By Anthony L Hall
One can be forgiven for thinking that a comparison between Michael Jordan and Kobe Bryant as basketball players has merit if it’s being offered by the most successful coach in NBA history, Phil Jackson.
Anthony L. Hall is a Bahamian who descends from the Turks and Caicos Islands. He is an international lawyer and political consultant - headquartered in Washington DC - who also publishes a current events weblog, The iPINIONS Journal, at http://ipjn.com
But such comparisons are good for nothing more than stirring up argument among friends, preferably at a neighborhood sports bar. For, as Kobe shrewdly tweeted on May 17, 2013 in response to Jackson’s comments:
The comparisons are #apple2oranges
For example, Muhammad Ali is the self-professed “greatest fighter of all time.” But many boxing analysts would argue (in fact, have argued) that no fighter in the history of the sport would’ve stood a chance against Mike Tyson in his prime.
And here is why argument invariably ensues:
I disagree; because I remember well how Ali literally toyed with George Foreman, the Tyson of his day, before knocking him out in the eighth round of their historic “Rumble in the Jungle.” But I digress.
For what it’s worth, Jackson claims that Michael was tougher than Kobe, physically and mentally; that he was better at controlling a game, offensively and defensively; and that, unlike Kobe, who tends to panic and force things when his shot is off, Michael had the self-confidence to dominate the game in other ways until his shot came back to him, which it invariably did.
Fine. I just wish he wasn’t telling us things we have seen for ourselves a thousand times….
Which begs the question: why would Jackson betray his reputation for inscrutable, Zen-like wisdom by peddling such pedestrian observations? Oh, right, he’s stirring up sales for his new memoir, Eleven Rings: The Soul of Success
Given that title, I suppose he could’ve added that Michael was better still because he helped Jackson win six of those eleven rings as coach of the Chicago Bulls (1989-98); whereas Kobe only helped him win five as coach of the Los Angeles Lakers (1998-2011).
Incidentally, I have no doubt that Kobe will return next season from what should have been a career-ending tear of his Achilles tendon last month. But I fear he will fail in his quest to tie or surpass Michael’s tally of six rings.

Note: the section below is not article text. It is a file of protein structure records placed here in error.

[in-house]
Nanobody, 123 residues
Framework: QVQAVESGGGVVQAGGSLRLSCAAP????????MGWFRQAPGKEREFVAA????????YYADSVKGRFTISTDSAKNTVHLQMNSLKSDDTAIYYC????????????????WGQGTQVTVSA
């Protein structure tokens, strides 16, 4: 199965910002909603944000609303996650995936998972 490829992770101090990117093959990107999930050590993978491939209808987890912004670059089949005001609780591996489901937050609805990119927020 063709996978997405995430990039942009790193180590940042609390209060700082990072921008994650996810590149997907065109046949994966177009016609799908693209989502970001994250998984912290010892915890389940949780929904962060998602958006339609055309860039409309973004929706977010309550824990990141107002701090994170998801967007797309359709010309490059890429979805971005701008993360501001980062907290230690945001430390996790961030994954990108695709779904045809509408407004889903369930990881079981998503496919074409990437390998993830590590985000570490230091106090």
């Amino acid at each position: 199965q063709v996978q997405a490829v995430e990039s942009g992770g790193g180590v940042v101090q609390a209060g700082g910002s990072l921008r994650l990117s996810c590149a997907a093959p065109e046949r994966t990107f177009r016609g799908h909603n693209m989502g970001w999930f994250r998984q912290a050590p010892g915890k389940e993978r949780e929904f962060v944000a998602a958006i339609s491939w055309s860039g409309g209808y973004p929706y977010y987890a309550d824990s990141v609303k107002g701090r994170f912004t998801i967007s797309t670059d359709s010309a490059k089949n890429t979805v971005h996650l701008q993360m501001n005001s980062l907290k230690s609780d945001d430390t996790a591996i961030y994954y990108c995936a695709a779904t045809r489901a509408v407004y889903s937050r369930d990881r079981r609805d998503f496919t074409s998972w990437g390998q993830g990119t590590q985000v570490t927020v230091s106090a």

Indeed, the only way Kobe can emulate Michael at this point would be to end his career in even greater ignominy than Michael did, which was as a wobbly, hobbling shadow of himself, playing more as team mascot than team leader for the Washington Wizards.
But, given that Jackson is clearly using championship rings as a measure of success, Bill Russell must figure prominently in any argument about the best player in NBA history. After all, he won 11 rings in 13 seasons as the star of the Boston Celtics and, by serving as coach as well for two of those championship seasons, he established a level of accomplishment no player can ever emulate.
Yet nothing betrays these silly apple2oranges comparisons quite like Wilt Chamberlain, arguably the most-dominant player in NBA history, managing to win only two rings. This should remind folks like Jackson and barroom debaters that the success of superstars like Michael and Kobe always depends on teammates like Scottie Pippen and Shaquille O’Neal, respectively.
Not to mention that Dr J (Julius Erving) was easily the most-exciting player to watch, bar none.
Meanwhile, LeBron James, the league’s current MVP, is leading his team, the Miami Heat, in a do-or-die series against the Indiana Pacers for the sacrificial honor of facing the indomitable San Antonio Spurs in this year’s NBA Finals.
But even if he were to lead them pass Indiana and San Antonio, LeBron would be rewarded with only his second ring. Which means that he would have to win at least three more (perhaps even in three-peat fashion) to be a serious contender in these apples2organges comparisons.
Best fighter of all time